The field of carbon structures was reenergized by the discovery of fullerenes in 1985(1) and carbon nanotubes in 1991.(2) In addition to generating tremendous interest in the fundamental properties of discrete carbon molecules and nano-objects these nano-structured carbons have found, or are expected to have, numerous commercial applications such as advanced fillers, materials for energy and gas storage, sensors and elements for molecular electronics devices. Two different strategies have been developed for the preparation of engineering carbon materials; one includes pyrolysis of organic precursors (mostly polymeric) under an inert atmosphere to yield large-scale engineering carbons and the other involves physical/chemical vapor deposition techniques that produce well-defined nanostructured carbons. Whereas techniques from the first group are applicable to large scale production, they offer very limited control over the carbon (nano)structure, techniques from the second group do allow atomic scale precision in control of the nanostructure but they are relatively expensive, have limited yield and require complex equipment.
Recently, a novel, low-cost route to well-defined nanostructured carbon materials based on the pyrolysis of polyacrylonitrile (PAN) block copolymer precursors containing a sacrificial block (e.g., poly(n-butyl acrylate) was developed.(3,4) The structure of the final carbon nanostructure is templated by the initial structure of the PAN domains in the phase separated block copolymer. The PAN domains are stabilized by heating to 280 °C in the presence of air and subsequent pyrolyized by heating to 600-900°C in an inert environment. This converts the PAN domains into partially graphitic carbon, whereas the sacrificial phase is volatilized. Stabilization therefore allows the PAN domains to retain their phase separated nanostructure throughout the subsequent thermal treatment.
The image of carbon nanostructures shown above (similar to the images in reference 3) is a result of the self-assembly of phase separated PAN-b-PBA block copolymer with spherical PAN domains that was prepared by ATRP and was then converted into discrete carbon nanoclusters (D~30 nm) by fixing the PAN domains through crosslinking in air and then pyrolyzing under nitrogen. The carbon structures exhibited high surface area, high thermal conductivity and have potential for catalytic activity.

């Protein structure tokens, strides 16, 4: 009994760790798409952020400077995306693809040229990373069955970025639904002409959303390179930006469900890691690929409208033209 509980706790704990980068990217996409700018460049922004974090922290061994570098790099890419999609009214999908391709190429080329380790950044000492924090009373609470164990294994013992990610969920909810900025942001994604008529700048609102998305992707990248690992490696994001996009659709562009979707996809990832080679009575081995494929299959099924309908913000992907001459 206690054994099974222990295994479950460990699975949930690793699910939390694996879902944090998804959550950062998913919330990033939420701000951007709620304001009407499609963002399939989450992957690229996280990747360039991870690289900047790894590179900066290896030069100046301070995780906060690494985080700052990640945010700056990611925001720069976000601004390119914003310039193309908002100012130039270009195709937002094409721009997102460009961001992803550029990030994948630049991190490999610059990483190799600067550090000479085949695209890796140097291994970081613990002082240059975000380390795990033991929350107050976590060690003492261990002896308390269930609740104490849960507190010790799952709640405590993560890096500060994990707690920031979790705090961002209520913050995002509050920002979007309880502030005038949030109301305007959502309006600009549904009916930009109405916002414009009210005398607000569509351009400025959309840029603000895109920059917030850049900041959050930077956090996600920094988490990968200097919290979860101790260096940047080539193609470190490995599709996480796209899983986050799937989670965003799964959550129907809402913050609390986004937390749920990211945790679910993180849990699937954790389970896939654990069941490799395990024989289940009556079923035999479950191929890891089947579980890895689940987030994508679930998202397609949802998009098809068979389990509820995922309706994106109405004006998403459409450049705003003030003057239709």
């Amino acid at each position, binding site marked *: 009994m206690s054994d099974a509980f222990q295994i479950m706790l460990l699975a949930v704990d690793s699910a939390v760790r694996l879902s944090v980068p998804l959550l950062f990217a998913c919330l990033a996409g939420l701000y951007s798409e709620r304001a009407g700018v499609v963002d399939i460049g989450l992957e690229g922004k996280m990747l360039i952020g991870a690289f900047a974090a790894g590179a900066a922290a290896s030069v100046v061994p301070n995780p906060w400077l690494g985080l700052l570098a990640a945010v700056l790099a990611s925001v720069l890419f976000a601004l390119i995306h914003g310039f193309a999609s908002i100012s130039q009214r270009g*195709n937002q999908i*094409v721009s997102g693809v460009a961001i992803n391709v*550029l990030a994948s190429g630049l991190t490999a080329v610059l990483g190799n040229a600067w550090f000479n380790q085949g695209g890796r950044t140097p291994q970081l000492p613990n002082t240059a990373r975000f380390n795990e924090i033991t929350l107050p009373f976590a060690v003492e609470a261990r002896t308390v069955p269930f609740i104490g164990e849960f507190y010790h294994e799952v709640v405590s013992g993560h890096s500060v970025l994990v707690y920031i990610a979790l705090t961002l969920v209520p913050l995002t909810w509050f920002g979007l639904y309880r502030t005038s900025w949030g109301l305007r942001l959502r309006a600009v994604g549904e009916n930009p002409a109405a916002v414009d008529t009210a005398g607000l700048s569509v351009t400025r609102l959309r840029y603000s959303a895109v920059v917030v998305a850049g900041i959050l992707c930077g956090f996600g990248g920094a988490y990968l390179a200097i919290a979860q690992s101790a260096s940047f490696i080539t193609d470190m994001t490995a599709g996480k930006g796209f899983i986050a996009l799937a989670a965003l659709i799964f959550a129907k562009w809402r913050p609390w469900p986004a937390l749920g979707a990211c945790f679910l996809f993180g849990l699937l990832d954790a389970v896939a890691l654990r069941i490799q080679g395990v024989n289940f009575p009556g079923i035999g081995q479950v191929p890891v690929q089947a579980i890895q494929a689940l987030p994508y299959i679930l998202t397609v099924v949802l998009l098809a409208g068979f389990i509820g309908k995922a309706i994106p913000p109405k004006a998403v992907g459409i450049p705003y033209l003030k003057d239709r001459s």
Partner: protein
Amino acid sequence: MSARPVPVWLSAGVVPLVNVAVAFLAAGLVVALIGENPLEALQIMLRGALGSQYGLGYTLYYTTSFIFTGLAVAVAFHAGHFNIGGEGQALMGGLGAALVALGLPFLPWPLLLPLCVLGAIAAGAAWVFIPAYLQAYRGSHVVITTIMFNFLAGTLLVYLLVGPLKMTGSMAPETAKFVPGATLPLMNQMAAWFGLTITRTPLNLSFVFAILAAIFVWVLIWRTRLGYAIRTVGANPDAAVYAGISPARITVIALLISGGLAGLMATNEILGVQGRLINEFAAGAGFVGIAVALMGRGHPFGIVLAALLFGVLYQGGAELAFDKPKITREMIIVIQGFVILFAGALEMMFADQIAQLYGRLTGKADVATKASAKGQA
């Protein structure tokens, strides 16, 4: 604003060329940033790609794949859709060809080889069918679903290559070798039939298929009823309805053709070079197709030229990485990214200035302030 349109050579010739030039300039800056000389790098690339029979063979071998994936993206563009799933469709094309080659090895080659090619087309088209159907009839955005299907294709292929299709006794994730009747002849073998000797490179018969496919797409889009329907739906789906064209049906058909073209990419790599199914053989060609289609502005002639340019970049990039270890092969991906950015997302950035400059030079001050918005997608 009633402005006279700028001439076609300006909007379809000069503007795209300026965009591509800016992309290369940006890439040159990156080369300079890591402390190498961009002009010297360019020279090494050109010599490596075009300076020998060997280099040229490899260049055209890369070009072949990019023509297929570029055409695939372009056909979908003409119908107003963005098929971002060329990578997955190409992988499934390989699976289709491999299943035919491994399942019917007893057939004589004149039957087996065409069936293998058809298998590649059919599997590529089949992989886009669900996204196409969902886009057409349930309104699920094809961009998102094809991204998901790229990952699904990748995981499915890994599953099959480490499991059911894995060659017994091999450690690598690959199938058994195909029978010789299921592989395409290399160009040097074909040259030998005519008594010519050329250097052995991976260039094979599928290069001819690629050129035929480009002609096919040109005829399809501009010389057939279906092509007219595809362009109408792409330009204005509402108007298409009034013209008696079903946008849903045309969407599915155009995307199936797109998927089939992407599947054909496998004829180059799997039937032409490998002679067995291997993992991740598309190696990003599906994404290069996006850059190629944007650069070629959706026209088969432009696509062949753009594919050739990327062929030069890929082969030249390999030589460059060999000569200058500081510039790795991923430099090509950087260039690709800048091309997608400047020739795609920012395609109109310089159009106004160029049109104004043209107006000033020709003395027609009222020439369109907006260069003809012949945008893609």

When the mole fraction of the PAN is increased and a poly(BA)251-b-poly(AN)320 block copolymer is prepared and the block copolymer is cast from solution it forms cylinders or lamellae as shown below in the image on the left. When a similar block copolymer was stabilized and pyrolyzed it provided the carbon nanowires shown in the image on the right. The structures are similar to those seen in multiwalled carbon nanotubes. The carbon nanostructures are expected to find application in photovoltaics, field emitters and supercapacitors.(4)
The spectrum of carbon structures that can be prepared from PAN segmented copolymers can span the continuum from carbon nanoparticles, prepared from water soluble shell crosslinked micelles with a PAN core,(5) through lamellar structures(6) to porous carbon structures.(7-10) The later materials were prepared by using PEO-b-PAN diblock copolymers as templates for the synthesis of mesoporous silicas, since PEO is known to promote the condensation of silica under acidic conditions. The templated PAN was stabilized then pyrolyzed prior to dissolution of the silica in aqueous sodium hydroxide forming porous carbons with high surface areas, ~900 m2 g-1.
Carbon nanostructures from other block copolymer precursors
Since carbon nanostructures derived from PAN precursors can contain up to 7% nitrogen, which results in defect sites that affect electronic properties we additionally determined if carbon materials can be prepared from non-PAN-containing polymers. Poly(vinyl acetylene) is a polymer that structurally resembles PAN without an inherent nitrogen group and could possess the potential to form similar nanostructured carbon materials without the presence of preformed n-type dopants, Therefore poly(vinylacetylene) block copolymers were prepared and evaluated as carbon precursors.(11) The active acetylenic hydrogen atom in vinylacetylene was substituted with the trimethylsilyl group in order to prevent 1,4-polymerization and Cu(I)-catalyzed coupling reactions and provided a well controlled homopolymerization using ATRP. Block copolymers were prepared using PMMA macroinitiators and it was determined that ARGET ATRP also provided additional control over the chain extension reactions.